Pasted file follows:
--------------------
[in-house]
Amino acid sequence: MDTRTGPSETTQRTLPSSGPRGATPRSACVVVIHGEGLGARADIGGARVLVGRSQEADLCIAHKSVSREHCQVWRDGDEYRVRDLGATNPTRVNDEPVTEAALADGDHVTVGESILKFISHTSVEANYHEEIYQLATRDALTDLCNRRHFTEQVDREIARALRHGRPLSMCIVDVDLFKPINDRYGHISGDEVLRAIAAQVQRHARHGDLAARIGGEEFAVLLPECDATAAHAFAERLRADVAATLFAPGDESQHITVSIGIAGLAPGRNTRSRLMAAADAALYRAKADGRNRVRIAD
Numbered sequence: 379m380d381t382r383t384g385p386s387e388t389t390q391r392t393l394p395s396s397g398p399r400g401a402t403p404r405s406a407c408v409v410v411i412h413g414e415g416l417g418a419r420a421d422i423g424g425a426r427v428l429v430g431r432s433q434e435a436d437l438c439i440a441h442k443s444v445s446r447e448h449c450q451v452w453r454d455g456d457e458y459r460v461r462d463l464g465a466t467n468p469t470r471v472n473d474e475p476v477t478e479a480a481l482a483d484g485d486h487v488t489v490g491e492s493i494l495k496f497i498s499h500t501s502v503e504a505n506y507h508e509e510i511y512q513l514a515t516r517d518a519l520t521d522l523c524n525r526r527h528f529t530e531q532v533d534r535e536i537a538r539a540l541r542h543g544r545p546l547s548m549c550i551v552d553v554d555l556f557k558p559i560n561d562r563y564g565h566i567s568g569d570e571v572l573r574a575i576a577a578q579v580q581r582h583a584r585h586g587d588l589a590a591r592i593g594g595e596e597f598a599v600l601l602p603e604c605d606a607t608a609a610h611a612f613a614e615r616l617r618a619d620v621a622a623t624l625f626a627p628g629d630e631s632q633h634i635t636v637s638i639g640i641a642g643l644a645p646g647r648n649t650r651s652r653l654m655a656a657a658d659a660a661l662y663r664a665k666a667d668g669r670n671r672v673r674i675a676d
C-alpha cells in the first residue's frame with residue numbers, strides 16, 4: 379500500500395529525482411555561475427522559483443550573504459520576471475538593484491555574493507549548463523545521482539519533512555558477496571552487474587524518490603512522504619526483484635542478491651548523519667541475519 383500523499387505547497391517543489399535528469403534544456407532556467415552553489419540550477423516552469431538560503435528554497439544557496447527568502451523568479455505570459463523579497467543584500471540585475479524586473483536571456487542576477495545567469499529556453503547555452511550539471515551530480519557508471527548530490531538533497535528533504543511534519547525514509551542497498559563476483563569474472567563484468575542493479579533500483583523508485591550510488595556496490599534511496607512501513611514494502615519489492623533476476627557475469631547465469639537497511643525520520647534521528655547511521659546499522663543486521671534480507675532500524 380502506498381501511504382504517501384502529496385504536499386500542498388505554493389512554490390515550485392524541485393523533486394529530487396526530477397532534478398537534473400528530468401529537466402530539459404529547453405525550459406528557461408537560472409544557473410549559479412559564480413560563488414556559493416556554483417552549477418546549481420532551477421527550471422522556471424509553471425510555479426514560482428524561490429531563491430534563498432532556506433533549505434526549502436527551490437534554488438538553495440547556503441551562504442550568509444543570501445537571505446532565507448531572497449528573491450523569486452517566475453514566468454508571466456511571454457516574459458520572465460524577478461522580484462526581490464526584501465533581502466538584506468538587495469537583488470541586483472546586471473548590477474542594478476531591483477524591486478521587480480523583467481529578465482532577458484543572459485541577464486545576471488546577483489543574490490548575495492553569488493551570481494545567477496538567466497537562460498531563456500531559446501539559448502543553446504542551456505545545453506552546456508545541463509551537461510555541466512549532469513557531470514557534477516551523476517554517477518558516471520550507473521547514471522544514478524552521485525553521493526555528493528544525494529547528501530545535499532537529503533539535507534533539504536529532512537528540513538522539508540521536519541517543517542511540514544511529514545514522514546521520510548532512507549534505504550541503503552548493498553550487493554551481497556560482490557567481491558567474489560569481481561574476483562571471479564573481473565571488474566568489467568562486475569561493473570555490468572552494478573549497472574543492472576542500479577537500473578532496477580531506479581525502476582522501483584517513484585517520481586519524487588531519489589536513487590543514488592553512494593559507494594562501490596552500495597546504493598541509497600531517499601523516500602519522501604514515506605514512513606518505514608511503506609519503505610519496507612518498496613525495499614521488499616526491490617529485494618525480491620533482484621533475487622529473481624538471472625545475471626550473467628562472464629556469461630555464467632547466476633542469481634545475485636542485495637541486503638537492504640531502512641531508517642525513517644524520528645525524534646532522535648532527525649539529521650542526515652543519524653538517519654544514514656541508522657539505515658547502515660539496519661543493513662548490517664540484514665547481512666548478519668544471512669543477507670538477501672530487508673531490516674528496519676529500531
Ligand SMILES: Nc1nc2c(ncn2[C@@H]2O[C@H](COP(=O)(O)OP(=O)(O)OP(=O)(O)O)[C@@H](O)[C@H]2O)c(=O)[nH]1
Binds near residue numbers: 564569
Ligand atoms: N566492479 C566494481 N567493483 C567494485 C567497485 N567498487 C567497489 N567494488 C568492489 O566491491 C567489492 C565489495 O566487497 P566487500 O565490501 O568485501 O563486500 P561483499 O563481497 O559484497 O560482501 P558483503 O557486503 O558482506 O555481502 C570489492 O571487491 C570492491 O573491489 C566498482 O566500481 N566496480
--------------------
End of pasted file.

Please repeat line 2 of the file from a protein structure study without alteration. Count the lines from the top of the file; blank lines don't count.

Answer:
Amino acid sequence: MDTRTGPSETTQRTLPSSGPRGATPRSACVVVIHGEGLGARADIGGARVLVGRSQEADLCIAHKSVSREHCQVWRDGDEYRVRDLGATNPTRVNDEPVTEAALADGDHVTVGESILKFISHTSVEANYHEEIYQLATRDALTDLCNRRHFTEQVDREIARALRHGRPLSMCIVDVDLFKPINDRYGHISGDEVLRAIAAQVQRHARHGDLAARIGGEEFAVLLPECDATAAHAFAERLRADVAATLFAPGDESQHITVSIGIAGLAPGRNTRSRLMAAADAALYRAKADGRNRVRIAD